The ADKAR change model was first published by Prosci in 1998.
Prosci describe themselves as the recognised leader in business process design and change management research, and as the world's largest provider of change management and reengineering toolkits and benchmarking information.
The ADKAR model reflects the necessary building blocks for individual change and was developed based on analysis of research data from over 900 organizations over a 10-year period.
In a Prosci study with 248 companies, effective change management with employees was listed as one of the top-three overall success factors for the project. Helping managers be effective sponsors of change was considered the most critical success factor overall.
Summary of the ADKAR model
The ADKAR change model is founded on 2 basic ideas:
(1) It is people who change, not organisations.
(2) Successful change occurs when individual change matches the stages of organisational change.
For successful change to occur at the individual level people need to move through each of these stages:
Awareness of the need for change.
Desire to make the change happen.
Knowledge about how to change.
Ability to implement new skills and behaviors.
Reinforcement to retain the change once it has been made.
For organisational change to be successful, these individual changes need to progress at or close to the same rate of progress through the business dimension of change.
Prosci define the business dimension of change as including these typical project elements:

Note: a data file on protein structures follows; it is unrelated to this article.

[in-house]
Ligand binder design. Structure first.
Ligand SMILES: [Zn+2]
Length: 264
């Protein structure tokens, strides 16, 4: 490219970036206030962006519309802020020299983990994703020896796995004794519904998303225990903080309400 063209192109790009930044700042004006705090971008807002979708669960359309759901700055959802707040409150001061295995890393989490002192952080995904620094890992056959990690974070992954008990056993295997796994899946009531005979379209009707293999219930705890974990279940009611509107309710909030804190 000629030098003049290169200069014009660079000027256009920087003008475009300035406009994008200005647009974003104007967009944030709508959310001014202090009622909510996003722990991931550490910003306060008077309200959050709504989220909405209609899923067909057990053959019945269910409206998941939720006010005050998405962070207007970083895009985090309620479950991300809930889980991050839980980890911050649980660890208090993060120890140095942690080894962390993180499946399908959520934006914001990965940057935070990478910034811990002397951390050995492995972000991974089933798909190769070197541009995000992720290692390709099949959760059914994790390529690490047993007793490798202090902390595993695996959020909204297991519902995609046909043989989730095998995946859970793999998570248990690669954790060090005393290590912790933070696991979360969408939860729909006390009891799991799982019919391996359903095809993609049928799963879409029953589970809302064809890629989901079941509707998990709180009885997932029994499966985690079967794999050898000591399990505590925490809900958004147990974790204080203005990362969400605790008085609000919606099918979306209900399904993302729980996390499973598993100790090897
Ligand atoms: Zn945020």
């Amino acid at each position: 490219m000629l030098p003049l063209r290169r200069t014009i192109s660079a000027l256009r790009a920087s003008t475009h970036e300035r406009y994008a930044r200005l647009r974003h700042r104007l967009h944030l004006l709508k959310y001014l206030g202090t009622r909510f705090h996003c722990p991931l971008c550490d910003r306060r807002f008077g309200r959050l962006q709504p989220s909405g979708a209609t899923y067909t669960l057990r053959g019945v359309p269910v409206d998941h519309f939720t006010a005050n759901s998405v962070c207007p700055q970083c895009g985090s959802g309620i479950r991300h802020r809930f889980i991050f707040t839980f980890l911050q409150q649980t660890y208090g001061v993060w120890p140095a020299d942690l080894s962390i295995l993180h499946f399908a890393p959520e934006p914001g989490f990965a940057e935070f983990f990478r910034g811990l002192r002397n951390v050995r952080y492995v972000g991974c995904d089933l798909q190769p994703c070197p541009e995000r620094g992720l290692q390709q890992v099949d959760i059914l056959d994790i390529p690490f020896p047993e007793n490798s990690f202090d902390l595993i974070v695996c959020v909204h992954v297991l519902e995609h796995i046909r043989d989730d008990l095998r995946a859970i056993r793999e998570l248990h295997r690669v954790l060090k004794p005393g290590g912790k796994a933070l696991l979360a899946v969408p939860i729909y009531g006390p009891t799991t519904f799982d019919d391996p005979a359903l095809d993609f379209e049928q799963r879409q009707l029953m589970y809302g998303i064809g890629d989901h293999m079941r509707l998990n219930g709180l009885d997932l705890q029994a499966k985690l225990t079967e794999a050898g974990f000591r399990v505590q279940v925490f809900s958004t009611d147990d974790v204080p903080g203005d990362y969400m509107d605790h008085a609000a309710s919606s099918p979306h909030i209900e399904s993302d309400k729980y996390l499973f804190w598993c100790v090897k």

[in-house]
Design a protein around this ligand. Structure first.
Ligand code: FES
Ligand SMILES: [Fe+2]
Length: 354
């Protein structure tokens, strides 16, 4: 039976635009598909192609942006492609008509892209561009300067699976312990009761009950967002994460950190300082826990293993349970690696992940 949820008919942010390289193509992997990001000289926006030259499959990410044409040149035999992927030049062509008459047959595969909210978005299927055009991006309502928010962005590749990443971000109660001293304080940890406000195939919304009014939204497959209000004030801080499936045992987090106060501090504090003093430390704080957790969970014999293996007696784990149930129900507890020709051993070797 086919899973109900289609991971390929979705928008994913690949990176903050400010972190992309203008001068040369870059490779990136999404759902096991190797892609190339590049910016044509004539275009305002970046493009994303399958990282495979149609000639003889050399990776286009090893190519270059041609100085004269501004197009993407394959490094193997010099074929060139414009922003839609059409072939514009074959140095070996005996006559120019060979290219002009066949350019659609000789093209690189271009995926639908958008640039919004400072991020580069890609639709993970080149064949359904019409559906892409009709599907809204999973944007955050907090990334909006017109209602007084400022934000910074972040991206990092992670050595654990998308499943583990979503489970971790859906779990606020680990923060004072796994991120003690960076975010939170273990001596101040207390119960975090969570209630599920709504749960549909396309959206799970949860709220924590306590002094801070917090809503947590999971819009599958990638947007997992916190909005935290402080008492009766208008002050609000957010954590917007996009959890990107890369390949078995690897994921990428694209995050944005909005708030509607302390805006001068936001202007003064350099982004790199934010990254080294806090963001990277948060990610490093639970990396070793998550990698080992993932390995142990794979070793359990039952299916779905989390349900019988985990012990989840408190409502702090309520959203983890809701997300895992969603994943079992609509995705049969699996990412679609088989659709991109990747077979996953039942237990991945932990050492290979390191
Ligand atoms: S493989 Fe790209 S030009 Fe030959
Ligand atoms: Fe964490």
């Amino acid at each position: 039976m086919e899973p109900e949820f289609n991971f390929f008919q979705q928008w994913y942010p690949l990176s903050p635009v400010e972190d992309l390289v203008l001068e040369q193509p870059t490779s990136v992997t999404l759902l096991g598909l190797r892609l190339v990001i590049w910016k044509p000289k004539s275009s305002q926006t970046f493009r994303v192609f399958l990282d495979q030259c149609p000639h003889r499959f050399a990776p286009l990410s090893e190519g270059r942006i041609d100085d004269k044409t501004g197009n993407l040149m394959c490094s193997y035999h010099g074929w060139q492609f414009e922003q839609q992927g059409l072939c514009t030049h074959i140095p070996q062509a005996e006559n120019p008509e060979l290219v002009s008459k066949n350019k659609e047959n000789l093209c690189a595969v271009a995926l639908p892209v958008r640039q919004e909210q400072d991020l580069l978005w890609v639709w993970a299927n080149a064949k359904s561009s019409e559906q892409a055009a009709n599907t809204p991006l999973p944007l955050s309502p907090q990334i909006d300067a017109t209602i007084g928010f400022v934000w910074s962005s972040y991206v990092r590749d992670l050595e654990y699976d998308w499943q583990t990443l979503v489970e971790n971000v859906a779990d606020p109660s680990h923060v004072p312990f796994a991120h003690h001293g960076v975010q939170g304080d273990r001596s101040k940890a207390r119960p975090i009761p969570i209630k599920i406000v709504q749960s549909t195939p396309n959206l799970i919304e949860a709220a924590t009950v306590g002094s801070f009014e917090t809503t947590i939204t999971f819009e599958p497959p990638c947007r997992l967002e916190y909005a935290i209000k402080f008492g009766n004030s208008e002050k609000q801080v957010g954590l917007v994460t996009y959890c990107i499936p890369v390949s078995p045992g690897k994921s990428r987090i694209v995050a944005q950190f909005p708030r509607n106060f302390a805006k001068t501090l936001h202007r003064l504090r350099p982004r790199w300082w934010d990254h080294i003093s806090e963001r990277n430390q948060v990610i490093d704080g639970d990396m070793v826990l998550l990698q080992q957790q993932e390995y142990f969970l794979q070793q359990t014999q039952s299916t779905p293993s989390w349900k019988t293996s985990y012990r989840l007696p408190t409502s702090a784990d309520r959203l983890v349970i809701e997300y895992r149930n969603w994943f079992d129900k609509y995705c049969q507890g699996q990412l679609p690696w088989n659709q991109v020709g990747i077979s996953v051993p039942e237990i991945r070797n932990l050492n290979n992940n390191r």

Business need or opportunity is identified
Project is defined (scope and objectives)
Business solution is designed (new processes, systems and organizational structure)
New processes and systems are developed
Solution is implemented into the organization
Prosci describe their process as follows:
Evaluation of the ADKAR model
There are 2 quite different streams of thought that have shaped the practise of change management.
(1) The engineer's approach to business improvement with the focus on business process.
(2) The psychologist's approach to understanding human responses to change with the focus on people.
The single biggest reason for the astonishingly high 70% failure rate of ALL business change initiatives has been the over-emphasis on process rather than people - the failure to take full account of the impact of change on those people who are most impacted by it.
At root, change management is about process and people.
But even process is just about people doing stuff... so ultimately it's all about people - and processes that work for people."
In my view the ADKAR model reflects the BPR background of Prosci and the engineers approach to business improvement, this is quite apparent in the language and tone of their description of the model and with their emphasis on management and process alone.
The clear strength of the model is that provides a useful management checklist of the phases of the transition.
(1) The ADKAR model fails to distinguish between "incremental change" and "step change"
I often get asked the question: "In your experience, what is the single biggest issue affecting directors who are considering or embarking on a change initiative?"
This is good question and hard to answer because there are several key things that need to be addressed. But the single biggest early decision is to decide whether the change can be handled within the context of business as usual or not.
In other words is it incremental change or step change?